Sympathomimetics (Direct, Mixed-Acting)/Methyldopa Interactions
This information is generalized and not intended as specific medical advice. Consult your healthcare professional before taking or discontinuing any drug or commencing any course of treatment.
Moderate. These medicines may cause some risk when taken together. Contact your healthcare professional (e.g. doctor or pharmacist) for more information.
How the interaction occurs:
The cause of the interaction is not known. When these two medicines are taken together, your body may be more sensitive to the blood pressure effects of appetite suppressants, or to medicines used to treat a stuffy nose, cold, or heart condition.
What might happen:
You may experience an increase in blood pressure.
What you should do about this interaction:
Your healthcare professionals (e.g. doctor or pharmacist) may already be aware of this drug interaction and may be monitoring you for it. If your doctor prescribes these two medicines together, you may need to check your blood pressure more often. Do not start, stop, or change the dosage of any medicine before checking with them first.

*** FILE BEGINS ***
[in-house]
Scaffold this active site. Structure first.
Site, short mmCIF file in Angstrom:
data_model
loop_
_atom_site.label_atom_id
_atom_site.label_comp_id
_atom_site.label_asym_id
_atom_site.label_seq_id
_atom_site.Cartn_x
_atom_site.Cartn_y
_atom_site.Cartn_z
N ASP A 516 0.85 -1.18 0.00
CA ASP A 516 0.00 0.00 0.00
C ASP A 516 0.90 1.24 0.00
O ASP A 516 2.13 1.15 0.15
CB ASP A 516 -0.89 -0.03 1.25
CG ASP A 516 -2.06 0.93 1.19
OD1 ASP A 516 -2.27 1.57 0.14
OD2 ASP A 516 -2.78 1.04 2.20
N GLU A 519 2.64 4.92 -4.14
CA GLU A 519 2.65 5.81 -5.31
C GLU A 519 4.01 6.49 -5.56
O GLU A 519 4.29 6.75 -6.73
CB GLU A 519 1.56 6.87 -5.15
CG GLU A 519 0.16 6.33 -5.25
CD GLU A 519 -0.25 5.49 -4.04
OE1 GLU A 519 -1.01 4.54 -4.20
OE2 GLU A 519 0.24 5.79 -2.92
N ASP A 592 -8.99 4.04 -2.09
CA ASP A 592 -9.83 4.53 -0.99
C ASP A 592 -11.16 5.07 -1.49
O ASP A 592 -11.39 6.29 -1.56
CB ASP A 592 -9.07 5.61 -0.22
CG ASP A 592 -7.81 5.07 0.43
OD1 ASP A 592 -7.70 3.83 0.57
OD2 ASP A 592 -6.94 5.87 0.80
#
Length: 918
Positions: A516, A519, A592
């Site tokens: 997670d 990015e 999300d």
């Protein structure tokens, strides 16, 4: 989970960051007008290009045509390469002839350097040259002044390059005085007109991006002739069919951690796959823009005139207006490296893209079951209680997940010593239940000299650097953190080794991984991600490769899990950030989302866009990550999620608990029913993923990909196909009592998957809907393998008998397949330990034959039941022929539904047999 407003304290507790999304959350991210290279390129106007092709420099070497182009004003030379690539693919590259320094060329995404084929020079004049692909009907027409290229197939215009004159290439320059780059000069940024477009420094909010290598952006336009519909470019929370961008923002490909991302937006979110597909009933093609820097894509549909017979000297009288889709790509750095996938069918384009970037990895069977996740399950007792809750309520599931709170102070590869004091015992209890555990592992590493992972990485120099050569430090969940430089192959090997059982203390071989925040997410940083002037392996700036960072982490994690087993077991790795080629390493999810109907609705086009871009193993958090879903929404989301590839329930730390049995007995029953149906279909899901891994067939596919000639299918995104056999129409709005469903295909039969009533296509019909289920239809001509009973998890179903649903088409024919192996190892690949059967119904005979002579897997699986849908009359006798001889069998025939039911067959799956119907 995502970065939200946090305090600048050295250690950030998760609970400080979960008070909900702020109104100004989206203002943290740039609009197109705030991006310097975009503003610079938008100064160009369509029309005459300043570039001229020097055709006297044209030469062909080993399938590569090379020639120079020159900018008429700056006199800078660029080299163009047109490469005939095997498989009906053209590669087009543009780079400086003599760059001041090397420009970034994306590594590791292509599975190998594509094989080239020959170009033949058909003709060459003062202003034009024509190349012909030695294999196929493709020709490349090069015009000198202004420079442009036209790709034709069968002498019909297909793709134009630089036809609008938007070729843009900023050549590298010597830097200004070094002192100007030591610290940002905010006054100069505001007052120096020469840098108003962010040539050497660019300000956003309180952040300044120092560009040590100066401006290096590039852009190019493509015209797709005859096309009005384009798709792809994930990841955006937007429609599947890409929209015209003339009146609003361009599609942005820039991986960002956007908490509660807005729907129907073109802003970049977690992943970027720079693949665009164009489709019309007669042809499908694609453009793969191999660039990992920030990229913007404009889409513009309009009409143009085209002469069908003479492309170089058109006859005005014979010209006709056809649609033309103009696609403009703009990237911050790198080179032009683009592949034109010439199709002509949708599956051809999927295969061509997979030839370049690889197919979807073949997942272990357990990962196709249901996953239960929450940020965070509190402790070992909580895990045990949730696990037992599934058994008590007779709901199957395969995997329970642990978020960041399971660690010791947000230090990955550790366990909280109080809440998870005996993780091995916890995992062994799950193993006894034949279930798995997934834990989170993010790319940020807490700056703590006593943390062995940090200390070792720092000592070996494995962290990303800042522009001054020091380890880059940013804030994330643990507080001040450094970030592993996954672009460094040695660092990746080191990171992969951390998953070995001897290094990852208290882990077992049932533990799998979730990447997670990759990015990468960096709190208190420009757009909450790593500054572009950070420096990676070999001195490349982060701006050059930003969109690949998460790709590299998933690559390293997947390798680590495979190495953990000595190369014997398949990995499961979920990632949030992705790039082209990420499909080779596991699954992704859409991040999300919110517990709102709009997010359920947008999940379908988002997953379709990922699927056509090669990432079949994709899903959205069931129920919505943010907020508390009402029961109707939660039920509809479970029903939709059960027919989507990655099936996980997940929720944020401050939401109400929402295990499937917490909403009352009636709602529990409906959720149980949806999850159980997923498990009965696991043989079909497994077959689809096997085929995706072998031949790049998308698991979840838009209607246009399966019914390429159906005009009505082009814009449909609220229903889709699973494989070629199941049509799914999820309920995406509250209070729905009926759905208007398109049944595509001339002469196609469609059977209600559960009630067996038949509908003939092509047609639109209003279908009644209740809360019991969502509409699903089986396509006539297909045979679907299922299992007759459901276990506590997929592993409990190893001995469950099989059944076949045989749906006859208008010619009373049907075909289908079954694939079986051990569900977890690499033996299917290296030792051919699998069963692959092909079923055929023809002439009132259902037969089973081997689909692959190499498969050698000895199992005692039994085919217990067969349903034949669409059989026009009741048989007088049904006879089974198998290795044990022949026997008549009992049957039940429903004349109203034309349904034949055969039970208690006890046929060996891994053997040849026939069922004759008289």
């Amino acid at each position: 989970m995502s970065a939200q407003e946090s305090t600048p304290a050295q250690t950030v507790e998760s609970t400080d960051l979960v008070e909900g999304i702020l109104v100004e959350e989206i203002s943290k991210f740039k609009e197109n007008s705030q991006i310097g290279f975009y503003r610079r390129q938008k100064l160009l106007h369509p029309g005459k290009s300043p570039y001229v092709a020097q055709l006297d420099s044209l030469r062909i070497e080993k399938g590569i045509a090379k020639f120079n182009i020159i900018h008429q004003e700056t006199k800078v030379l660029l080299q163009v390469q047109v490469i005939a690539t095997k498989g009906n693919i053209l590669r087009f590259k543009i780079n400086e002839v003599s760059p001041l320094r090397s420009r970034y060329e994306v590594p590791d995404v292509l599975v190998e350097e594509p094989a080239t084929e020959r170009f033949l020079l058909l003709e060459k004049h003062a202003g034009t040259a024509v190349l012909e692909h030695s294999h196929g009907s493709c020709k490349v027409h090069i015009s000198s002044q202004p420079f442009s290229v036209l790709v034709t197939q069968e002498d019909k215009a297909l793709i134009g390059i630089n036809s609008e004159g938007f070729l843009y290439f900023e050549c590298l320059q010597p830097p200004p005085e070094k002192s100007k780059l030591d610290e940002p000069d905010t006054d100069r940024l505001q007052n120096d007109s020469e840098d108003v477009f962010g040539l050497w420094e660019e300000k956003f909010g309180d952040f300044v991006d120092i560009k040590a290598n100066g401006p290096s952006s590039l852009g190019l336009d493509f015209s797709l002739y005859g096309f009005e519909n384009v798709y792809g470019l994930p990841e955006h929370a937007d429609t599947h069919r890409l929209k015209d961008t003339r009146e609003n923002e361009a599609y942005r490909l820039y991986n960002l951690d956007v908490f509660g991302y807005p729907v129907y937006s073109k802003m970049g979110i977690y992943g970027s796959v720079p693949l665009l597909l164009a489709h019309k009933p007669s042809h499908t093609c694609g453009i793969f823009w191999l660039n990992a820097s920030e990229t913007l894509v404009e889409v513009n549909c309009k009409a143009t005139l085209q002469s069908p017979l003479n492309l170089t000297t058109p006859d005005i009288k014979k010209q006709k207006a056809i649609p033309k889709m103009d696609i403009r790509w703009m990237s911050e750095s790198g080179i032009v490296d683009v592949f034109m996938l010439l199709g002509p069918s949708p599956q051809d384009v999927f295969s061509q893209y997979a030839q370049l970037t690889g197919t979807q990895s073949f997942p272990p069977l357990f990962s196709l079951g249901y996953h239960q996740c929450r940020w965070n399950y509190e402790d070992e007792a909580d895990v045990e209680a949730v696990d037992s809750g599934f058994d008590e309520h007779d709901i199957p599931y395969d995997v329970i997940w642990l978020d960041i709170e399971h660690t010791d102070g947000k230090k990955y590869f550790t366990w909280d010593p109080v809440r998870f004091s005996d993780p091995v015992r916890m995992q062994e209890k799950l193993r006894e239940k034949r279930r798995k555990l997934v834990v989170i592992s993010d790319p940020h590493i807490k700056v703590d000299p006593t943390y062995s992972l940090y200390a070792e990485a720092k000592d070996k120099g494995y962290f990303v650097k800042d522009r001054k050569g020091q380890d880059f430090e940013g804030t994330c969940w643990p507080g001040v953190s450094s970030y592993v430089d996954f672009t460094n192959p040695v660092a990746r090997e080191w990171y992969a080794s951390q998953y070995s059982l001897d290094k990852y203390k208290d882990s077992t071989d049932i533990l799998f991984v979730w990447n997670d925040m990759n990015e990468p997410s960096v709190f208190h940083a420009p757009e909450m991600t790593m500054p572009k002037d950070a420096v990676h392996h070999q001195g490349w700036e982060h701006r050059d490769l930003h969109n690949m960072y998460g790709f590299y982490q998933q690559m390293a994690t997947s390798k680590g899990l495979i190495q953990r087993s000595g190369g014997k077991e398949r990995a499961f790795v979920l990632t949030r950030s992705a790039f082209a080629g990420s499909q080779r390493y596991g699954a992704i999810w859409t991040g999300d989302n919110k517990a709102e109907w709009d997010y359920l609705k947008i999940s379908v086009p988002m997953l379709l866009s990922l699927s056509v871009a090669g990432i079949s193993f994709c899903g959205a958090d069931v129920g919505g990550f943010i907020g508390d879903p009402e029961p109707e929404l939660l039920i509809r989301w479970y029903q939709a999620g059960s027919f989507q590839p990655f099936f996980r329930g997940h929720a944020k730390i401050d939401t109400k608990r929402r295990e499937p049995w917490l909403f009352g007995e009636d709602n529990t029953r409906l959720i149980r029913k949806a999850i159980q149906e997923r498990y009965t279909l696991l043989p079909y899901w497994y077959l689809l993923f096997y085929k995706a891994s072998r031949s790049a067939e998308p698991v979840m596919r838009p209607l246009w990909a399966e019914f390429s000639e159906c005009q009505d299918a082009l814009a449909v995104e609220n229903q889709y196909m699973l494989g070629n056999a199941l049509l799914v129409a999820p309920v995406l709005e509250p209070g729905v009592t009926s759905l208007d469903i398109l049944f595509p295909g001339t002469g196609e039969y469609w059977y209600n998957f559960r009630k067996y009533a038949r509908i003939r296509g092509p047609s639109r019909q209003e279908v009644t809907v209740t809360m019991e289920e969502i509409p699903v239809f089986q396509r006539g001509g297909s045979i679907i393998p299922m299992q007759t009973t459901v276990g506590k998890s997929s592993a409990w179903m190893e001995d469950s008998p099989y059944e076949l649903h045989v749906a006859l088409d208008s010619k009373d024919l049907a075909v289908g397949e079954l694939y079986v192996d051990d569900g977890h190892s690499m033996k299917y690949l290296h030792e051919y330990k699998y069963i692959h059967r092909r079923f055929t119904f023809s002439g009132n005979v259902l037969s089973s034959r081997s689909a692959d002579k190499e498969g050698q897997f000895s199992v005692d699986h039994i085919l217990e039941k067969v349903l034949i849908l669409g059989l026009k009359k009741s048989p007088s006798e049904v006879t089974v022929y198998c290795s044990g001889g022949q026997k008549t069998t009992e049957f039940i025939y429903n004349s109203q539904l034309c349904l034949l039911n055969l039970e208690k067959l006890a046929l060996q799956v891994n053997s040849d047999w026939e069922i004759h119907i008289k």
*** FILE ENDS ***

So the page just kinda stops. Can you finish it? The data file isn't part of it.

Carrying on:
- 1.Pettinger W, Horwitz D, Spector S, Sjoerdsma A. Enhancement by methyldopa of tyramine sensitivity in man. Nature 1963 Dec 14;200(4911):1107-8.
- 2.Dollery CT, Harington M, Hodge JV. Haemodynamic studies with methyldopa: effect on cardiac output and response to pressor amines. Br Heart J 1963; 25(5):670-6.
- 3.Dollery CT. Physiological and pharmacological interactions of antihypertensive drugs. Proc R Soc Med 1965 Nov;58(11 Part 2):983-7.
- 4.McLaren EH. Severe hypertension produced by interaction of phenylpropanolamine with methyldopa and oxprenolol. Br Med J 1976 Jul 31; 2(6030):283-4.
CONDITIONS OF USE: The information in this database is intended to supplement, not substitute for, the expertise and judgment of healthcare professionals. The information is not intended to cover all possible uses, directions, precautions, drug interactions or adverse effects, nor should it be construed to indicate that use of a particular drug is safe, appropriate or effective for you or anyone else. A healthcare professional should be consulted before taking any drug, changing any diet or commencing or discontinuing any course of treatment.